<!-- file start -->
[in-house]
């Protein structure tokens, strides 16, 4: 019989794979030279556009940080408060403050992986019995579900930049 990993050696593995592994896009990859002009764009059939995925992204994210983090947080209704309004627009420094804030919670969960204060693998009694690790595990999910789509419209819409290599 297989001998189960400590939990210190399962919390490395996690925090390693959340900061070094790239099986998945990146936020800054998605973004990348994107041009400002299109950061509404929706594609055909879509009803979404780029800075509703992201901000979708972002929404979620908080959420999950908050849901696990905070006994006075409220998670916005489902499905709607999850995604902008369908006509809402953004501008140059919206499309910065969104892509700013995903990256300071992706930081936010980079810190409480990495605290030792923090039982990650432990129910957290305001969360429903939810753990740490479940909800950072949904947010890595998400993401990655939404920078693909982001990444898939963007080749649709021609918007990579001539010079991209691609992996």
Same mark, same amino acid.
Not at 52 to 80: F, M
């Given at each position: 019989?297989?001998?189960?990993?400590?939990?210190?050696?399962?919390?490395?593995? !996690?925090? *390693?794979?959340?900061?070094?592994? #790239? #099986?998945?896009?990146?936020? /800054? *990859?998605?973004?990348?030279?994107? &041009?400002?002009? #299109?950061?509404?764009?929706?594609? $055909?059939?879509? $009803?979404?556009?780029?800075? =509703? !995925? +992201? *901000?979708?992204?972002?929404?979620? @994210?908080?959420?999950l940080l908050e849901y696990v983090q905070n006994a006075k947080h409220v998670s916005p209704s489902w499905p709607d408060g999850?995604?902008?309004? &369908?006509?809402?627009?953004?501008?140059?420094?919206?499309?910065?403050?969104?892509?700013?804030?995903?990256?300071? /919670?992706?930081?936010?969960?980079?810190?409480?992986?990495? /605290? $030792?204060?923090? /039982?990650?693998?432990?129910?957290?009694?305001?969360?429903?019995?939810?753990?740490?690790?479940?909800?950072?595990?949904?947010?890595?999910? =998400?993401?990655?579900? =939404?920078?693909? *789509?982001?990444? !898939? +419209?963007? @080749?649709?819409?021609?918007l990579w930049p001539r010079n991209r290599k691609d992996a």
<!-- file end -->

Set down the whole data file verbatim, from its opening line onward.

[in-house]
């Protein structure tokens, strides 16, 4: 019989794979030279556009940080408060403050992986019995579900930049 990993050696593995592994896009990859002009764009059939995925992204994210983090947080209704309004627009420094804030919670969960204060693998009694690790595990999910789509419209819409290599 297989001998189960400590939990210190399962919390490395996690925090390693959340900061070094790239099986998945990146936020800054998605973004990348994107041009400002299109950061509404929706594609055909879509009803979404780029800075509703992201901000979708972002929404979620908080959420999950908050849901696990905070006994006075409220998670916005489902499905709607999850995604902008369908006509809402953004501008140059919206499309910065969104892509700013995903990256300071992706930081936010980079810190409480990495605290030792923090039982990650432990129910957290305001969360429903939810753990740490479940909800950072949904947010890595998400993401990655939404920078693909982001990444898939963007080749649709021609918007990579001539010079991209691609992996």
Same mark, same amino acid.
Not at 52 to 80: F, M
């Given at each position: 019989?297989?001998?189960?990993?400590?939990?210190?050696?399962?919390?490395?593995? !996690?925090? *390693?794979?959340?900061?070094?592994? #790239? #099986?998945?896009?990146?936020? /800054? *990859?998605?973004?990348?030279?994107? &041009?400002?002009? #299109?950061?509404?764009?929706?594609? $055909?059939?879509? $009803?979404?556009?780029?800075? =509703? !995925? +992201? *901000?979708?992204?972002?929404?979620? @994210?908080?959420?999950l940080l908050e849901y696990v983090q905070n006994a006075k947080h409220v998670s916005p209704s489902w499905p709607d408060g999850?995604?902008?309004? &369908?006509?809402?627009?953004?501008?140059?420094?919206?499309?910065?403050?969104?892509?700013?804030?995903?990256?300071? /919670?992706?930081?936010?969960?980079?810190?409480?992986?990495? /605290? $030792?204060?923090? /039982?990650?693998?432990?129910?957290?009694?305001?969360?429903?019995?939810?753990?740490?690790?479940?909800?950072?595990?949904?947010?890595?999910? =998400?993401?990655?579900? =939404?920078?693909? *789509?982001?990444? !898939? +419209?963007? @080749?649709?819409?021609?918007l990579w930049p001539r010079n991209r290599k691609d992996a």